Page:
The prevailing model for addressing poor working conditions in the apparel supply chain is failing.
With the growth of truly global supply chains over the past 40 years, multinational brands and retailers such as H&M, Nike or Target have stepped in to serve as labour inspectors when local governments in places such as China, Bangladesh, Vietnam or Honduras have failed to fulfill these functions on their own. Under this “policing” model, brands inspect factories repeatedly, but do little to change the root causes of poor working conditions and face little accountability when workers’ rights are violated, or even when workers die.
According to O’Rourke Group Partners, retailers buy polo shirts made in Bangladesh for $5.67 each and sell them for $14 in Canada. To meet these extreme price demands, factories in Bangladesh rely on extensive networks of subcontractors that are invisible to Western brands, where some workers see just 12 cents a shirt.
The indirect sourcing model is not unique to Bangladesh and has allowed explosive growth in the global apparel industry. But dependence on subcontracting firms outside the system of monitoring and inspection operated by Western brands leaves a significant part of the work force vulnerable to poor conditions .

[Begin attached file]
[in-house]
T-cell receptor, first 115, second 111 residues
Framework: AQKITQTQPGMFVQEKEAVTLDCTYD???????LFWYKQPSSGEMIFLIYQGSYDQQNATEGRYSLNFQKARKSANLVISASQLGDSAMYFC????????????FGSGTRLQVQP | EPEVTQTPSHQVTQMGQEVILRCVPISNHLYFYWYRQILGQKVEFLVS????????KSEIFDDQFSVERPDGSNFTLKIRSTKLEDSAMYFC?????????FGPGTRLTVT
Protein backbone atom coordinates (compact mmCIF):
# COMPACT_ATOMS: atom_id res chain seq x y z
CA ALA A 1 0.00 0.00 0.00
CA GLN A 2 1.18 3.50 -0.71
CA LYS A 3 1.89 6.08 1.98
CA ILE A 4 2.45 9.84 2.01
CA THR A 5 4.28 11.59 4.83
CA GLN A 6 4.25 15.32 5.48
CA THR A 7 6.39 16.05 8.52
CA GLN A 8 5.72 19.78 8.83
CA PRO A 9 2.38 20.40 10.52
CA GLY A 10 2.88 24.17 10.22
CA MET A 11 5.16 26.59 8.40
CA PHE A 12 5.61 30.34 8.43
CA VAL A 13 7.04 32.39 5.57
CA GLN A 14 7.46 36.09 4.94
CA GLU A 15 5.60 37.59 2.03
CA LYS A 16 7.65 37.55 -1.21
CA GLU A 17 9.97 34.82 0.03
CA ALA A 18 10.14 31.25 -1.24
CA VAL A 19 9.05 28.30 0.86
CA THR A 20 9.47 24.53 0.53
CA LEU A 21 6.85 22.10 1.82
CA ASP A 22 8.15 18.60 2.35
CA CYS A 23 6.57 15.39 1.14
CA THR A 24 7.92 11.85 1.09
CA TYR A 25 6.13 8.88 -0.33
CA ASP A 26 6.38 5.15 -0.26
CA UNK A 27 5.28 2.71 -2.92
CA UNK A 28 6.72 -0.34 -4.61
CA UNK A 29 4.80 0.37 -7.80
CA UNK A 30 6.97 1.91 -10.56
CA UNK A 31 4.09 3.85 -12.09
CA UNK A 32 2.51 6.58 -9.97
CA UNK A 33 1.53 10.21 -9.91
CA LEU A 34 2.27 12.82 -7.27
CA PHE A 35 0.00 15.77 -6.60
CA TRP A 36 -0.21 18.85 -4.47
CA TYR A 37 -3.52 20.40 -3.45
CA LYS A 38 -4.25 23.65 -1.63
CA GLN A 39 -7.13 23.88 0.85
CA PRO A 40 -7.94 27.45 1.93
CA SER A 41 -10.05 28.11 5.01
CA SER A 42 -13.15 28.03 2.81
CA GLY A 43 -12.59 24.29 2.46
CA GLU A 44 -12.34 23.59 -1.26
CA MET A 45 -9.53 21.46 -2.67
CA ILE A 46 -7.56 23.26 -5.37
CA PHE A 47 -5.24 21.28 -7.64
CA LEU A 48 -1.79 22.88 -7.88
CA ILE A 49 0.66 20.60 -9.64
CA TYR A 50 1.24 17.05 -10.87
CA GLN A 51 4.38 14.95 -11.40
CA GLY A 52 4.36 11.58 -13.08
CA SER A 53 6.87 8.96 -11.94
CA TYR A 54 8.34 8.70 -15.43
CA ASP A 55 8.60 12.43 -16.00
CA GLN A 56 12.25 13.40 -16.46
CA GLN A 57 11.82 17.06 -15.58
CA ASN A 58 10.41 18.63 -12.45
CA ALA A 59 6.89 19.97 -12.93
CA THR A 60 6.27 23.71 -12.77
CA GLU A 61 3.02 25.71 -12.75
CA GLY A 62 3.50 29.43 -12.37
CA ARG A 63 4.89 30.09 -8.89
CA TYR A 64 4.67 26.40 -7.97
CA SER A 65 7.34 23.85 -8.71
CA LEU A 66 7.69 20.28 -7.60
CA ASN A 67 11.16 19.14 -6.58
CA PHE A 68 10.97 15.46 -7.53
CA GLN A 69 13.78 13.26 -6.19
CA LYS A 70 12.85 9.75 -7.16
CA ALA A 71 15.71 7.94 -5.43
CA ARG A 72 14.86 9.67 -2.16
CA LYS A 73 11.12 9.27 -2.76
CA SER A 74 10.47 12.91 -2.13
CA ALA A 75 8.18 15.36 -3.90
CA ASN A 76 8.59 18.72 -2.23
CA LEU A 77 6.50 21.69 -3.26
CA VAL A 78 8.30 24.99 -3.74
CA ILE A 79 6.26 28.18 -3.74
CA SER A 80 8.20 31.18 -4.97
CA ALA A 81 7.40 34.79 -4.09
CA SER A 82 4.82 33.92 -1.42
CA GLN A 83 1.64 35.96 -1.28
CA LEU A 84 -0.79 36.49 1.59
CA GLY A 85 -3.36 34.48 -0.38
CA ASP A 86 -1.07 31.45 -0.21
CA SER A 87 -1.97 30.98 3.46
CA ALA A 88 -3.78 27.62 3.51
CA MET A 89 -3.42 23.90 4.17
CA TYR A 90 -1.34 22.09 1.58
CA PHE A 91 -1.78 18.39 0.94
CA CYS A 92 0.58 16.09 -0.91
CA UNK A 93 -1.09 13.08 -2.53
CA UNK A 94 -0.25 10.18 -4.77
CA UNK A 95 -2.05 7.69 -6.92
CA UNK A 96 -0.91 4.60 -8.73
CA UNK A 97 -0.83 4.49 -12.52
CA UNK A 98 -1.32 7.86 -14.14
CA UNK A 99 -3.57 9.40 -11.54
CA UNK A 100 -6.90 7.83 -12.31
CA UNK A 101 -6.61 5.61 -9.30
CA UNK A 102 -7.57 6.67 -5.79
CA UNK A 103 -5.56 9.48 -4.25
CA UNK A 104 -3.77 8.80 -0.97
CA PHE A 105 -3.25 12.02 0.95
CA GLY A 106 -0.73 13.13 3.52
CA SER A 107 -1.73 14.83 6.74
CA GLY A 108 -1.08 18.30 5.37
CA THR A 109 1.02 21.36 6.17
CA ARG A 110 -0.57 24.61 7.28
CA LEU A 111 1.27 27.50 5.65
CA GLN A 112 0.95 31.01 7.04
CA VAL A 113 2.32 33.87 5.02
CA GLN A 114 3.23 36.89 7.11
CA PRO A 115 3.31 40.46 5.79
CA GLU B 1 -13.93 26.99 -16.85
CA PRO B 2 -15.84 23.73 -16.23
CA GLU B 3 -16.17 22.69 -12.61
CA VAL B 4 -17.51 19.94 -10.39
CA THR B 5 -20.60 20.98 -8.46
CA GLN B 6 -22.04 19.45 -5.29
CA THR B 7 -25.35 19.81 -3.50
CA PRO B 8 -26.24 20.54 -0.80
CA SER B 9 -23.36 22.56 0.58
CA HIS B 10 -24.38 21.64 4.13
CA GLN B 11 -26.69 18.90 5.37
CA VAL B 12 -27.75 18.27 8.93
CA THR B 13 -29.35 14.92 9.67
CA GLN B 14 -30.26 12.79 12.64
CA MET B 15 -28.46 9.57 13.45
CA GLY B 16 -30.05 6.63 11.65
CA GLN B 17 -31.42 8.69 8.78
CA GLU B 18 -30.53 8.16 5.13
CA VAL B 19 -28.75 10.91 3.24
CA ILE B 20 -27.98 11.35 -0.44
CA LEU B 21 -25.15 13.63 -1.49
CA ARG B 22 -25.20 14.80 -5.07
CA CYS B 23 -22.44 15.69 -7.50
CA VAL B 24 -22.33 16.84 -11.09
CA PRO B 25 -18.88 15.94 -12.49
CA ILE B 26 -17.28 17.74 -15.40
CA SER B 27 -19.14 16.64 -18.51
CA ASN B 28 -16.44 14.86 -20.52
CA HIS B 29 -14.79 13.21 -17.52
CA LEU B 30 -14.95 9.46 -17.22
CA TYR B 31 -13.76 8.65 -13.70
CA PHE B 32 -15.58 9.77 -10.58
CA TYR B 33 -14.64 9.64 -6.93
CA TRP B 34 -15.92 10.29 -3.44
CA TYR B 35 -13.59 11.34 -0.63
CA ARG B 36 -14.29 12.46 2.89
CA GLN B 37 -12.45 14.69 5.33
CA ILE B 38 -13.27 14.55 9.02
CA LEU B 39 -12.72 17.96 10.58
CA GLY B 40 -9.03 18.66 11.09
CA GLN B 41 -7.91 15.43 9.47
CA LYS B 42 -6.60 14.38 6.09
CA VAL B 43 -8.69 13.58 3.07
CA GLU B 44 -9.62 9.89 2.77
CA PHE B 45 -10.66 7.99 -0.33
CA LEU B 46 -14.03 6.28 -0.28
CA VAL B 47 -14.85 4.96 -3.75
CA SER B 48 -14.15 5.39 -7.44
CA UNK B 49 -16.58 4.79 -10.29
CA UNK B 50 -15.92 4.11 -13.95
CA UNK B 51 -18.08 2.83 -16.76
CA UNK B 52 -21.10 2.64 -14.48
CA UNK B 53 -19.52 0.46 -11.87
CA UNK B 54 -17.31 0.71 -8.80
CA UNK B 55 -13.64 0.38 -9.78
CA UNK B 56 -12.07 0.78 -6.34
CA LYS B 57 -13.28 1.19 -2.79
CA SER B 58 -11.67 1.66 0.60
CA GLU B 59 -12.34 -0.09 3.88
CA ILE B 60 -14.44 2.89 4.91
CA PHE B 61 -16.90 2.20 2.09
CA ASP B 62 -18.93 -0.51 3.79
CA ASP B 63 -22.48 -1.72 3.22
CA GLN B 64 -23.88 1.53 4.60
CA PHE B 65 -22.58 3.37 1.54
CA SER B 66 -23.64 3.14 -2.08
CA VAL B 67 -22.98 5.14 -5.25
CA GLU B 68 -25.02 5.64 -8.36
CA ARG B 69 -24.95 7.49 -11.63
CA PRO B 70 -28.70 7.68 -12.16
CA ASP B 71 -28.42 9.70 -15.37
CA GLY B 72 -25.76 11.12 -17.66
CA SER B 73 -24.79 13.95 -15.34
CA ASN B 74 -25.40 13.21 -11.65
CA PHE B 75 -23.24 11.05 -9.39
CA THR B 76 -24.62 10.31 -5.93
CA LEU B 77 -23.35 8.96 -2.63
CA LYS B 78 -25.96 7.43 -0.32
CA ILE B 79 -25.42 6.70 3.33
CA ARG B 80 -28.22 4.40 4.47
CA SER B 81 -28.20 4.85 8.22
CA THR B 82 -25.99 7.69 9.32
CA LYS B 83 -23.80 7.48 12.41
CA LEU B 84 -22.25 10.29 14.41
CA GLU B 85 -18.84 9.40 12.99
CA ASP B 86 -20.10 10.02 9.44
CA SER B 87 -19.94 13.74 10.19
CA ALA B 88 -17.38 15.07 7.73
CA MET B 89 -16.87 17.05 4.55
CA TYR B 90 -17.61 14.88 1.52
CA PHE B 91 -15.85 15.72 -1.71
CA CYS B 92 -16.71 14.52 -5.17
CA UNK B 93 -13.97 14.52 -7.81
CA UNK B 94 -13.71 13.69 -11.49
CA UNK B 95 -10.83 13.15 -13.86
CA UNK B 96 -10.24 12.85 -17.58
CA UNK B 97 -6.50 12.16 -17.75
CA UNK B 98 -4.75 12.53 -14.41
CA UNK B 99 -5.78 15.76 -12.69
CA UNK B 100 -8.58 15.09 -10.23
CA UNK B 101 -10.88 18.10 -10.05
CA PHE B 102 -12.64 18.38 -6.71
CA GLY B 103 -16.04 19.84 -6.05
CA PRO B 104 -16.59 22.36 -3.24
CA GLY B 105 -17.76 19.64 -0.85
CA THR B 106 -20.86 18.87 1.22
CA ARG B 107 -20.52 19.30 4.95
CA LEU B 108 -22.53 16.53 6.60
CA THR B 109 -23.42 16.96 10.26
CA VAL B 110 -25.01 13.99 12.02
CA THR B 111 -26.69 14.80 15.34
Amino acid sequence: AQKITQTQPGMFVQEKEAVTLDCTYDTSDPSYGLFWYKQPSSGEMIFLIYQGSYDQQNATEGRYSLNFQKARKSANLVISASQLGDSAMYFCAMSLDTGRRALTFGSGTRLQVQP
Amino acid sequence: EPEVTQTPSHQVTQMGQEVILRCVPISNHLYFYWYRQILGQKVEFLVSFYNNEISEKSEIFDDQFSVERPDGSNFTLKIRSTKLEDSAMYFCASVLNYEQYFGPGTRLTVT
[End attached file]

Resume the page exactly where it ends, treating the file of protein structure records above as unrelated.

Indirect sourcing models, by their nature, reduce accountability and transparency in the supply chain. Even the most compliant factory will never admit to a client it they cannot meet their demand; it needs the business too much. The extreme competition creates an environment of taking risks, even for factories that may have passed all their inspections. The pressures all around are so great that when garment workers in the Rana Plaza building noticed cracks early on, they were told to return to work in order to meet the demanding targets for that day. These workers, who were threatened with being fired if they left the building, knowingly returned to a situation that eventually cost lives and affected livelihoods.
In Bangladesh, the measure of success of the various inspection programs is how many unsafe factories are shut down. The right yardstick is how many workers are walking into safe factories every day. No matter which brand they happen to be sewing for, workers should expect minimum standards for safety at work.
To be sure, factory owners in Bangladesh and elsewhere have an obligation to improve standards in their industry. Consumers rightfully expect that the brands they wear have taken steps to ensure workers are not exploited. But the evidence is clear: Relying on Western brands to police a subset of the most well-resourced and well-connected factories isn’t protecting enough workers. It’s time to expand the circle of responsibility for working conditions in the supply chain to focus on establishing and enforcing minimum standards across all factories producing for the export market.
Responsibility for minimum standards should be shared among Western brands and retailers, their primary suppliers, Western governments, financial institutions, labour unions and philanthropic organizations. Undoubtedly, this will take significant resources, but the costs of inaction are tragically high.
Sanchita Saxena is executive director of the Institute for South Asia Studies at UC Berkeley. Sarah Labowitz is co-director for the NYU Stern Center for Business and Human Rights.Report Typo/Error
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